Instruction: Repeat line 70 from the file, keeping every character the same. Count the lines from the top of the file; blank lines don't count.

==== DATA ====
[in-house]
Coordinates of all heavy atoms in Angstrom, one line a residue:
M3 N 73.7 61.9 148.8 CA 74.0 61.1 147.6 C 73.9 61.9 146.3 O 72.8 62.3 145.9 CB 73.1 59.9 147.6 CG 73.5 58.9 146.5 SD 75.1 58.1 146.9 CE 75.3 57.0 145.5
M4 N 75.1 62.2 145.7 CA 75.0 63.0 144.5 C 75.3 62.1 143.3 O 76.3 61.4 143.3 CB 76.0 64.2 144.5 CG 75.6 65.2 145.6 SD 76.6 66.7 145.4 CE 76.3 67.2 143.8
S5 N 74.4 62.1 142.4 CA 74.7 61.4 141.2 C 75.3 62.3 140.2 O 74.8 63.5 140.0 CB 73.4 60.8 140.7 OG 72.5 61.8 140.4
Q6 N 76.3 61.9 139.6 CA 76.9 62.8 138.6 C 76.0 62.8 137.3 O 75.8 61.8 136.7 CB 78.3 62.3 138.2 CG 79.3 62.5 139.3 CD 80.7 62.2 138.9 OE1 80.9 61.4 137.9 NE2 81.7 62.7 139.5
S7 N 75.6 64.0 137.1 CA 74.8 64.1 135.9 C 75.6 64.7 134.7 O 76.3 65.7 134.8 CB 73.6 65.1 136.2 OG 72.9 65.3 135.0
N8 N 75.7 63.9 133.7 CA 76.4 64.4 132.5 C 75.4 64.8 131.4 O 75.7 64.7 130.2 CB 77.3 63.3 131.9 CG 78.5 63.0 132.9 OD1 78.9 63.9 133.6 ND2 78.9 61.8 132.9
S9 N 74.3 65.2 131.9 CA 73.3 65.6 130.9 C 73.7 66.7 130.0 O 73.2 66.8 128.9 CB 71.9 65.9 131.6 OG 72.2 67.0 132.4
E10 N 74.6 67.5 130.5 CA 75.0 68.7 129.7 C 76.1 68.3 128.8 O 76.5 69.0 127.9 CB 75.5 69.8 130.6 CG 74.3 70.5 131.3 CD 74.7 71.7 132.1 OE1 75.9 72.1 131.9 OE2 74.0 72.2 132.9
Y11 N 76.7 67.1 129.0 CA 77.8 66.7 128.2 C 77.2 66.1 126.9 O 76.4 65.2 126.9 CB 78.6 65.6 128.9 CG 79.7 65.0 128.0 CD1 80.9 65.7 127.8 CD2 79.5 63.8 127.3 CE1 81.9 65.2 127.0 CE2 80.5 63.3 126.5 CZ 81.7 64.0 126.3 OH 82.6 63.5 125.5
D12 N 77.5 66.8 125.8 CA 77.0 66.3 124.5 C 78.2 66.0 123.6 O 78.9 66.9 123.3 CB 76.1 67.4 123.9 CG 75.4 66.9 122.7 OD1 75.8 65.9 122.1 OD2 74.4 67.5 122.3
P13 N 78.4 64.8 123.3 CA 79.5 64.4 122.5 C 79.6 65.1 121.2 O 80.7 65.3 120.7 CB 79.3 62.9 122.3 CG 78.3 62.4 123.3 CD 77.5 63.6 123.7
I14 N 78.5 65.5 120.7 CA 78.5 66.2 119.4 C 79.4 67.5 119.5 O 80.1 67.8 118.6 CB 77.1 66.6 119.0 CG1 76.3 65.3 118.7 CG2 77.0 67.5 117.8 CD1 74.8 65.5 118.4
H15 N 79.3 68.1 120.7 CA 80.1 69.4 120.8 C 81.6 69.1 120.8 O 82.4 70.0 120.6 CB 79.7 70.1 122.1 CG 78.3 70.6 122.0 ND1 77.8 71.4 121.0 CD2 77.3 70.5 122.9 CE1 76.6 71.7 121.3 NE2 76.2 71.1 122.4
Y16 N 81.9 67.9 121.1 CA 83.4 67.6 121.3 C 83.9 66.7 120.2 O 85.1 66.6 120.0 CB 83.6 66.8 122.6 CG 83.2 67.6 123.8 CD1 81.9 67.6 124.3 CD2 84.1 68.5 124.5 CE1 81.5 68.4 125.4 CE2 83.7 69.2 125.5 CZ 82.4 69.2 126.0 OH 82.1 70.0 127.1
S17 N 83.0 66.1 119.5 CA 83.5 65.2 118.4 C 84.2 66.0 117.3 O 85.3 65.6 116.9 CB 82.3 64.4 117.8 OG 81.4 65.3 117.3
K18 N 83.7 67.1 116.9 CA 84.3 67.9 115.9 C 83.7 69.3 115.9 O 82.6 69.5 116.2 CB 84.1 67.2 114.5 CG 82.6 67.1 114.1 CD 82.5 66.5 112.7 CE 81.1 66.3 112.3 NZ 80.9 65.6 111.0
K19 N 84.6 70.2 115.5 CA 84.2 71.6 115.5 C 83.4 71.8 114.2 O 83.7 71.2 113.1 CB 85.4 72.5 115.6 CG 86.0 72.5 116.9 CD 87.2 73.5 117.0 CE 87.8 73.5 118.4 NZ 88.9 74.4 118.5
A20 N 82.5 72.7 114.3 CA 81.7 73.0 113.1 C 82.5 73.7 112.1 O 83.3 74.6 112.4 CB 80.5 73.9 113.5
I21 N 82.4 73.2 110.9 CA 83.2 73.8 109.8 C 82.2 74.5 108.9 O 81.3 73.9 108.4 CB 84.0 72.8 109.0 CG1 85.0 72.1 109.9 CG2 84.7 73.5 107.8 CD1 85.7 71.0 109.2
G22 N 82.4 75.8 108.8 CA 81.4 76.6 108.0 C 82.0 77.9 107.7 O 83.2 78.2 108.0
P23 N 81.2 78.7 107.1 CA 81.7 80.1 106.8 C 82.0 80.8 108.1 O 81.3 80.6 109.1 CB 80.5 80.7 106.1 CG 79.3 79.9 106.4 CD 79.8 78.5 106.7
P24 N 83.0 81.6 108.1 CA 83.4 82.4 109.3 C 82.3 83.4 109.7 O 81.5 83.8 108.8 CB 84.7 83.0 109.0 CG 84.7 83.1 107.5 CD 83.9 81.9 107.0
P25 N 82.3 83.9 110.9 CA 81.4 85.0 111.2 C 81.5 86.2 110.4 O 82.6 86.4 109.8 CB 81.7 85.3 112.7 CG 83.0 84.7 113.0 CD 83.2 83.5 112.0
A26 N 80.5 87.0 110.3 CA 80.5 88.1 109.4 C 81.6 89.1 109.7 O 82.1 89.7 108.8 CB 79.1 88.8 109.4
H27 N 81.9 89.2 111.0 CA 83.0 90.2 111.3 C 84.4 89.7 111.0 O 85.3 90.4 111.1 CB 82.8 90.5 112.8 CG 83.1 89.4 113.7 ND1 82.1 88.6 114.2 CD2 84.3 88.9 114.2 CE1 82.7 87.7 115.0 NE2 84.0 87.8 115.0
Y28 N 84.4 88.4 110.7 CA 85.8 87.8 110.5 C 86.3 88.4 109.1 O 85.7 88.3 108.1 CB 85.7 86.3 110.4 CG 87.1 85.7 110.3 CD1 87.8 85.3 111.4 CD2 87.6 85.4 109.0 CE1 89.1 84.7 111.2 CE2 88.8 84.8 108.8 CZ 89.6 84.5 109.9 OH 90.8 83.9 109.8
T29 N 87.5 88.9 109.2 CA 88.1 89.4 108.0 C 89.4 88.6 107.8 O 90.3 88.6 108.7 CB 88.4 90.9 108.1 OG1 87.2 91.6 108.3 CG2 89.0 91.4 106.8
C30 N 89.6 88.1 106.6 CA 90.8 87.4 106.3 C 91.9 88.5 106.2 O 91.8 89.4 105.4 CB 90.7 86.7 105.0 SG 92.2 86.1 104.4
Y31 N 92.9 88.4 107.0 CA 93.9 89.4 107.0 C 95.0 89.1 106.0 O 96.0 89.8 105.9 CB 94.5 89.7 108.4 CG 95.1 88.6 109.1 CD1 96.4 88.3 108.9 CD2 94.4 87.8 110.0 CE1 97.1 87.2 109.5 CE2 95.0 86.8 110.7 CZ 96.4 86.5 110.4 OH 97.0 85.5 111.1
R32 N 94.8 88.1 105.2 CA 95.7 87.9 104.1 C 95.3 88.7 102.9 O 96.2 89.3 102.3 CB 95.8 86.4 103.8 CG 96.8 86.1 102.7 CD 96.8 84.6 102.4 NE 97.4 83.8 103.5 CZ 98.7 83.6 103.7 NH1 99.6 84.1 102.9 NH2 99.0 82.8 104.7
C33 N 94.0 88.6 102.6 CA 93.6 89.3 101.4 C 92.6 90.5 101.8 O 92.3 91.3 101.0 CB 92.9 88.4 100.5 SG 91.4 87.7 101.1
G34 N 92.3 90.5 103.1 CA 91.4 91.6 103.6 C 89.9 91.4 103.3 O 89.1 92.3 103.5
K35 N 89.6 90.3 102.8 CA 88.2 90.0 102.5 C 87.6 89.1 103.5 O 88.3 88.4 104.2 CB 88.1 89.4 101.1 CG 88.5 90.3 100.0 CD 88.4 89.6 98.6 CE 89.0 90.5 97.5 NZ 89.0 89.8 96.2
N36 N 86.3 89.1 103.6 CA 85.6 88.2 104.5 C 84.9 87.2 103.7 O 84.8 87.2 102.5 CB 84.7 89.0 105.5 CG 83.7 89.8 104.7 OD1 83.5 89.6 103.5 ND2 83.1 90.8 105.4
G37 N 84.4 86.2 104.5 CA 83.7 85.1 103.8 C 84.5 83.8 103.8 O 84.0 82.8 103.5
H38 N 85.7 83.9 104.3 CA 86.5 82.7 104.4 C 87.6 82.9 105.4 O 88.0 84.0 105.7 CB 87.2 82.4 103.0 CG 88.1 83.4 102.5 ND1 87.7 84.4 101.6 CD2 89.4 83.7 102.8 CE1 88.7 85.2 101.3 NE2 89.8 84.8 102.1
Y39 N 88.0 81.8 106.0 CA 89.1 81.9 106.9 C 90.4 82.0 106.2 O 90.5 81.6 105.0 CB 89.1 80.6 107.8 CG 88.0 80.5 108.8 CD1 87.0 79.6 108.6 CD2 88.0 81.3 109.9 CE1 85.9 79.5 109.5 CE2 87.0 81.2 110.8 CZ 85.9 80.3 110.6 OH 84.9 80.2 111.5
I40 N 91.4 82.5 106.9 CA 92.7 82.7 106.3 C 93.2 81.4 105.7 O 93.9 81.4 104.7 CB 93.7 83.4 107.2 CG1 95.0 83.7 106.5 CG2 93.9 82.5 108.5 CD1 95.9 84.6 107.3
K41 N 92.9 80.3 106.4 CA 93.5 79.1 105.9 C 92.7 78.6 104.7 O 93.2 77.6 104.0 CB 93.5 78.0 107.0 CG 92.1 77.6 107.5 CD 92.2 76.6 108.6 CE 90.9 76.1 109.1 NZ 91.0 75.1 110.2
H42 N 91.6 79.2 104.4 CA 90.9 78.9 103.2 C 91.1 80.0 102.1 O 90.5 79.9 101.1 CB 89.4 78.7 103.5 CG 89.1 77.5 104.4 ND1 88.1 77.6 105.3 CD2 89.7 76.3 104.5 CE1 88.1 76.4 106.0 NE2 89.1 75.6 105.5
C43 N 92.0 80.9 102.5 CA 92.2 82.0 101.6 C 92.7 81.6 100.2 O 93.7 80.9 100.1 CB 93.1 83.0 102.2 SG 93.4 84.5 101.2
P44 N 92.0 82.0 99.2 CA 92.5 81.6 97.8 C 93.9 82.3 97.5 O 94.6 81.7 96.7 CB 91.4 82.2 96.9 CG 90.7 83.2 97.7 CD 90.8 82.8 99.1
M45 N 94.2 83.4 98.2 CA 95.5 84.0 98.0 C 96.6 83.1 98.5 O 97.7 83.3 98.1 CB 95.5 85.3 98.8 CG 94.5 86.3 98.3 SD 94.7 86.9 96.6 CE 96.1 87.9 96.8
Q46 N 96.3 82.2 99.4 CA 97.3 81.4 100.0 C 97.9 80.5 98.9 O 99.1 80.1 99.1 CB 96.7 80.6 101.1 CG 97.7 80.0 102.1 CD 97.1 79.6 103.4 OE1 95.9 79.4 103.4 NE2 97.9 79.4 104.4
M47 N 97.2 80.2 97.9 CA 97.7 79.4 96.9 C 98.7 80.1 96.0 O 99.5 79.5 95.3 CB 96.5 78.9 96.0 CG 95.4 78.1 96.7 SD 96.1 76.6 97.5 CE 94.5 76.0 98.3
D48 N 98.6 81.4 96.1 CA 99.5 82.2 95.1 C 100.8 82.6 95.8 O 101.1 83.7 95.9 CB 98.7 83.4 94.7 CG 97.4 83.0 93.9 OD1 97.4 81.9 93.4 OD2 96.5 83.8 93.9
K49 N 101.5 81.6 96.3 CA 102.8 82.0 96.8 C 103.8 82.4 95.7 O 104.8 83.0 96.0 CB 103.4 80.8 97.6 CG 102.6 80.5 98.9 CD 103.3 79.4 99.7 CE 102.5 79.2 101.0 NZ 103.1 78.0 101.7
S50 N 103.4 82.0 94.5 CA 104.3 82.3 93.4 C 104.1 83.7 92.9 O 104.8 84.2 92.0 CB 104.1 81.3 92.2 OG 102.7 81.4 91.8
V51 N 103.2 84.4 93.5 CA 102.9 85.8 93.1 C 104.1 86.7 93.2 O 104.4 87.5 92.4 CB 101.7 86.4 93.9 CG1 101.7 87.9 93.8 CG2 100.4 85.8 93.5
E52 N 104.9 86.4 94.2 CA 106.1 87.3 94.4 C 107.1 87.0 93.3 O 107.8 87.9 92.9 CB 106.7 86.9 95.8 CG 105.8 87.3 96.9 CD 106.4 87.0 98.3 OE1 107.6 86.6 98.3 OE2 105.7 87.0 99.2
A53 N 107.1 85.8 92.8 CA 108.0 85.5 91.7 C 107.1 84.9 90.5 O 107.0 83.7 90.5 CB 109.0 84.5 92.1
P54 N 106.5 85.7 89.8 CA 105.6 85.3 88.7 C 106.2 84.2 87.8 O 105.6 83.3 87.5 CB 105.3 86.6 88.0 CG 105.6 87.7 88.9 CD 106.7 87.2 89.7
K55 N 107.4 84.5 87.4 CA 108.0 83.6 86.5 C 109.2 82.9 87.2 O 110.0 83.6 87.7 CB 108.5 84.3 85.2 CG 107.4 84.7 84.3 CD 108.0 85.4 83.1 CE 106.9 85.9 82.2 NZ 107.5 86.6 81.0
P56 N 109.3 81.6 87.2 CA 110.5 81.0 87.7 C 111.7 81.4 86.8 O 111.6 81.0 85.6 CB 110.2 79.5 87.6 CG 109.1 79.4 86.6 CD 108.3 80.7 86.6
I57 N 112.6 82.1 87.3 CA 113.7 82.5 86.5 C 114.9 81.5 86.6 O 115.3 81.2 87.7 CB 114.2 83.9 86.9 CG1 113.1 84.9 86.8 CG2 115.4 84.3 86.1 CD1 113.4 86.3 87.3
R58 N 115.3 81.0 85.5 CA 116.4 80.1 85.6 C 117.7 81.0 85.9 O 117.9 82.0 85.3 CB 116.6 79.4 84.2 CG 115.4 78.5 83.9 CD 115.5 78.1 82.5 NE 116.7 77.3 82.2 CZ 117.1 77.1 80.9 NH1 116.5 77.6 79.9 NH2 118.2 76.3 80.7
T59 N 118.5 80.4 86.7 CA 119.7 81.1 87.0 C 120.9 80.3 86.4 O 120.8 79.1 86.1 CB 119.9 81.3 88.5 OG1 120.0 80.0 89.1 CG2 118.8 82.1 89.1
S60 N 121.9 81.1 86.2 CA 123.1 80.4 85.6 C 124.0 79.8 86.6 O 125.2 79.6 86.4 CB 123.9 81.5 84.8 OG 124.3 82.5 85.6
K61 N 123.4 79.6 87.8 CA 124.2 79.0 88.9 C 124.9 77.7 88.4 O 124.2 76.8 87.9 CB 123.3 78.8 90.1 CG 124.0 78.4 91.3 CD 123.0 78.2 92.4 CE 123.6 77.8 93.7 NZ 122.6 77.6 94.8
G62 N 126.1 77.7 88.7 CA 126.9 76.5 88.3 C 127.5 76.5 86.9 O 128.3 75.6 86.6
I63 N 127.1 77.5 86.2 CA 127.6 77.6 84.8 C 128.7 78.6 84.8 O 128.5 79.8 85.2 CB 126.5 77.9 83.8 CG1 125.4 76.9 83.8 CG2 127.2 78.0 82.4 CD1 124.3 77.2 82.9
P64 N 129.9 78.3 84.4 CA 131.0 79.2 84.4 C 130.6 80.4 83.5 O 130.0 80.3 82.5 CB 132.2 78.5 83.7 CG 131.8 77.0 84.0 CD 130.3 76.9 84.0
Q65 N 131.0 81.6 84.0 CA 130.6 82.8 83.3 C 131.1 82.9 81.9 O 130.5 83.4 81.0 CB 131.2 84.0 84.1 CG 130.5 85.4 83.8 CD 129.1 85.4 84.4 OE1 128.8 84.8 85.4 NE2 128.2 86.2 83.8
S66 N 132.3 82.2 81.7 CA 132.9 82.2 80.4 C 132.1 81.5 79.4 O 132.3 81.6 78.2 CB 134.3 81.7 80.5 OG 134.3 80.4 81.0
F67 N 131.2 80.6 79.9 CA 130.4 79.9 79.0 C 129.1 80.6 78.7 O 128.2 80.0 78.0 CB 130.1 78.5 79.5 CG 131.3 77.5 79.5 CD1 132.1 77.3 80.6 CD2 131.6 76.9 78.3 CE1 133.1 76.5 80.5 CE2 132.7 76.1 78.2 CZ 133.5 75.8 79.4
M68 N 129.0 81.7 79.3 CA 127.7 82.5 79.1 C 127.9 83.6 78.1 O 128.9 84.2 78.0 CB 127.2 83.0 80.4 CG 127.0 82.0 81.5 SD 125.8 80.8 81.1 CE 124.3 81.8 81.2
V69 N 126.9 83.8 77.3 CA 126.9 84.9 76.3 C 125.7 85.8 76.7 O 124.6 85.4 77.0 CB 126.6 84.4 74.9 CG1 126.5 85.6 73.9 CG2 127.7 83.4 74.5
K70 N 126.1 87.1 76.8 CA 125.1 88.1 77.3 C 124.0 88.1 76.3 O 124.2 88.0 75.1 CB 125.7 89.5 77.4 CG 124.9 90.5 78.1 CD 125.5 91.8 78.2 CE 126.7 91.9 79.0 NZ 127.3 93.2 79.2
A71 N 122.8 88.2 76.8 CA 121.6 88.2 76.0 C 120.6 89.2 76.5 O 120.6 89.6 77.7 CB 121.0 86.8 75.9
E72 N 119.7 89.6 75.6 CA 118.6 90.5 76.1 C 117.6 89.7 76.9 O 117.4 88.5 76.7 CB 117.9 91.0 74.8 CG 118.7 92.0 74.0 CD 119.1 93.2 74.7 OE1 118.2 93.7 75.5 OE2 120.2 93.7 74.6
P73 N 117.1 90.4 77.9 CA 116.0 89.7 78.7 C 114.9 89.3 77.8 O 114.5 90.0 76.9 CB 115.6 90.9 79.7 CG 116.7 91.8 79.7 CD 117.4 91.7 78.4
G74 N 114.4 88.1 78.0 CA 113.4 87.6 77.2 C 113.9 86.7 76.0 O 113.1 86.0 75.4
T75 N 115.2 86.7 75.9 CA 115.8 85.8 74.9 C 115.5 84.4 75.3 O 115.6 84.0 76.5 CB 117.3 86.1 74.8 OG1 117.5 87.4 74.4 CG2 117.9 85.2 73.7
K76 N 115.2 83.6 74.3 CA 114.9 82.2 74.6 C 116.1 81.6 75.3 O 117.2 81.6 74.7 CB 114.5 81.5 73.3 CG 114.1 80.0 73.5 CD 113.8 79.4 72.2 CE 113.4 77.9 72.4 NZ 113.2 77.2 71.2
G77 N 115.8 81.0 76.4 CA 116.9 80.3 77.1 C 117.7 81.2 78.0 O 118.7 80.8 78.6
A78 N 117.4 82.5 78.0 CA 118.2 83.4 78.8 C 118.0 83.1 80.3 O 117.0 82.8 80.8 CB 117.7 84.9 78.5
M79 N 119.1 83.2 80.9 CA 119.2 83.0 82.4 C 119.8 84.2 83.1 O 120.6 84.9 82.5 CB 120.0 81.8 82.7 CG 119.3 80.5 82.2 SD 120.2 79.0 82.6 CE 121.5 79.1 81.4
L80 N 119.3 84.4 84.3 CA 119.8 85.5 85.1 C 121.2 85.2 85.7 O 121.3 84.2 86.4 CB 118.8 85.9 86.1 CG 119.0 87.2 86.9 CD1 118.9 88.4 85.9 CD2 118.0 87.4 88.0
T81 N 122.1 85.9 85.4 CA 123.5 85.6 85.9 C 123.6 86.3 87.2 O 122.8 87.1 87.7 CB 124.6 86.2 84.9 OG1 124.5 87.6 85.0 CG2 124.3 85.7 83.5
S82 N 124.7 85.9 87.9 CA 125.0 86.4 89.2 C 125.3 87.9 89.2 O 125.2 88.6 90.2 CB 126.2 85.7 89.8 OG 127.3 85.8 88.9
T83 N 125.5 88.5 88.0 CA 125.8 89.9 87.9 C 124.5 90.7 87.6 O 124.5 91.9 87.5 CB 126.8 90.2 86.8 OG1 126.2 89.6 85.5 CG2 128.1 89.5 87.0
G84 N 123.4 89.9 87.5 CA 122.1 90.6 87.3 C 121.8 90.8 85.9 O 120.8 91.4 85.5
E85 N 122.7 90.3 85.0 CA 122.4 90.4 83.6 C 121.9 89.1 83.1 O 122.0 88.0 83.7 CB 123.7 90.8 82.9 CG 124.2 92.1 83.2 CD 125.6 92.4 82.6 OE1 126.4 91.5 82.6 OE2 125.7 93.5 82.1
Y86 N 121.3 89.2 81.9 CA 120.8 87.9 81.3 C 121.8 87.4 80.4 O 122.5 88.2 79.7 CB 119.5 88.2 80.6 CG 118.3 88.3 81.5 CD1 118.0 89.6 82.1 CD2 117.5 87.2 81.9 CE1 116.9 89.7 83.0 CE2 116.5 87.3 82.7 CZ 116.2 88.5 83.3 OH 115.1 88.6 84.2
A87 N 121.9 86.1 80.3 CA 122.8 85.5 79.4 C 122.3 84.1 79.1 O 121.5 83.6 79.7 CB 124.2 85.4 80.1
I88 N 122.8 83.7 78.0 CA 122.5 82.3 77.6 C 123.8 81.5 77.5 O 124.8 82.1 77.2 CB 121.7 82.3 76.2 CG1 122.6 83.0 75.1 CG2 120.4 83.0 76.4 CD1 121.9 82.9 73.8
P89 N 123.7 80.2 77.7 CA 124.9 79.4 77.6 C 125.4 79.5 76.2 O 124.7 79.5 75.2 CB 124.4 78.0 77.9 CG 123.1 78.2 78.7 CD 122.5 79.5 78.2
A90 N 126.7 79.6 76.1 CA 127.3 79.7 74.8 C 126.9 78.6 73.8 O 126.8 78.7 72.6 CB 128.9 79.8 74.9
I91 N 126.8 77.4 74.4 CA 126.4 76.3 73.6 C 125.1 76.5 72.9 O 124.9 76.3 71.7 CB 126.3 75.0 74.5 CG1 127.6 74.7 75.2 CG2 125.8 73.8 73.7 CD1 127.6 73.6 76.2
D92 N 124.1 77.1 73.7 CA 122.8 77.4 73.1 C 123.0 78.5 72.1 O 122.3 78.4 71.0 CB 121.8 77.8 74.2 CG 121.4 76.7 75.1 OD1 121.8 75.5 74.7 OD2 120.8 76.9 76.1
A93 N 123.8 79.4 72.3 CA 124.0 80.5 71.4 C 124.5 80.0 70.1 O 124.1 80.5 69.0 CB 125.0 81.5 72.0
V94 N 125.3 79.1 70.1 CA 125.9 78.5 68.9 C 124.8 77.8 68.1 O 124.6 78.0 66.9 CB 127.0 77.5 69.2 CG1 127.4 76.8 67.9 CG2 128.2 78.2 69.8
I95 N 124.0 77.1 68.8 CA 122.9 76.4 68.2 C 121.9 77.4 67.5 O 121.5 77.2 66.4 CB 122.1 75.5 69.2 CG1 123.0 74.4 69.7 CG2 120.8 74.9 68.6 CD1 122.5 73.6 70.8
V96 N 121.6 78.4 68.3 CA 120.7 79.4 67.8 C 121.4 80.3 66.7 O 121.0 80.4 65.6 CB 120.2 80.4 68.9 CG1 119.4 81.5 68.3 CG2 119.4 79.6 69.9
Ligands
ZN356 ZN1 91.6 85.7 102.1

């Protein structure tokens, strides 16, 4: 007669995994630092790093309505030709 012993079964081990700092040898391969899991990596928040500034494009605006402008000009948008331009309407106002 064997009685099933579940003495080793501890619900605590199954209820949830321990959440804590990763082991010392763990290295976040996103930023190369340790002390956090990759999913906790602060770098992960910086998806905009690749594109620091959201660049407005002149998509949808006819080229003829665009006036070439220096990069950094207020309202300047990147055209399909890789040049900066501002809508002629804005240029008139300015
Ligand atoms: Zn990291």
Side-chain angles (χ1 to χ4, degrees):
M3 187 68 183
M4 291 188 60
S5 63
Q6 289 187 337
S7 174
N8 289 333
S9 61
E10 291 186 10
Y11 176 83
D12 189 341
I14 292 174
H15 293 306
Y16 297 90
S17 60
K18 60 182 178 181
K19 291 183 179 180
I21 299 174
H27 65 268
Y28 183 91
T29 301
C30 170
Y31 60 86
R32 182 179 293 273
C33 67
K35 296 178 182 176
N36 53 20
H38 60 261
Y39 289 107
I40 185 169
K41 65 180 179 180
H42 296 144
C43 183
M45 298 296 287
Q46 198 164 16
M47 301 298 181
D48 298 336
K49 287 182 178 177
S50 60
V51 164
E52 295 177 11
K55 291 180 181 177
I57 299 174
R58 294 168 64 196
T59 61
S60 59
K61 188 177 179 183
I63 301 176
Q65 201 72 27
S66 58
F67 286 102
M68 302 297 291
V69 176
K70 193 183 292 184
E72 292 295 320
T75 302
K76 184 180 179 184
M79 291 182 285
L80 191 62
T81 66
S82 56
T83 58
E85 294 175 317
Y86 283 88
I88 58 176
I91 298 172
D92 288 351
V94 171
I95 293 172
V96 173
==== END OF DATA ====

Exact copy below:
K70 N 126.1 87.1 76.8 CA 125.1 88.1 77.3 C 124.0 88.1 76.3 O 124.2 88.0 75.1 CB 125.7 89.5 77.4 CG 124.9 90.5 78.1 CD 125.5 91.8 78.2 CE 126.7 91.9 79.0 NZ 127.3 93.2 79.2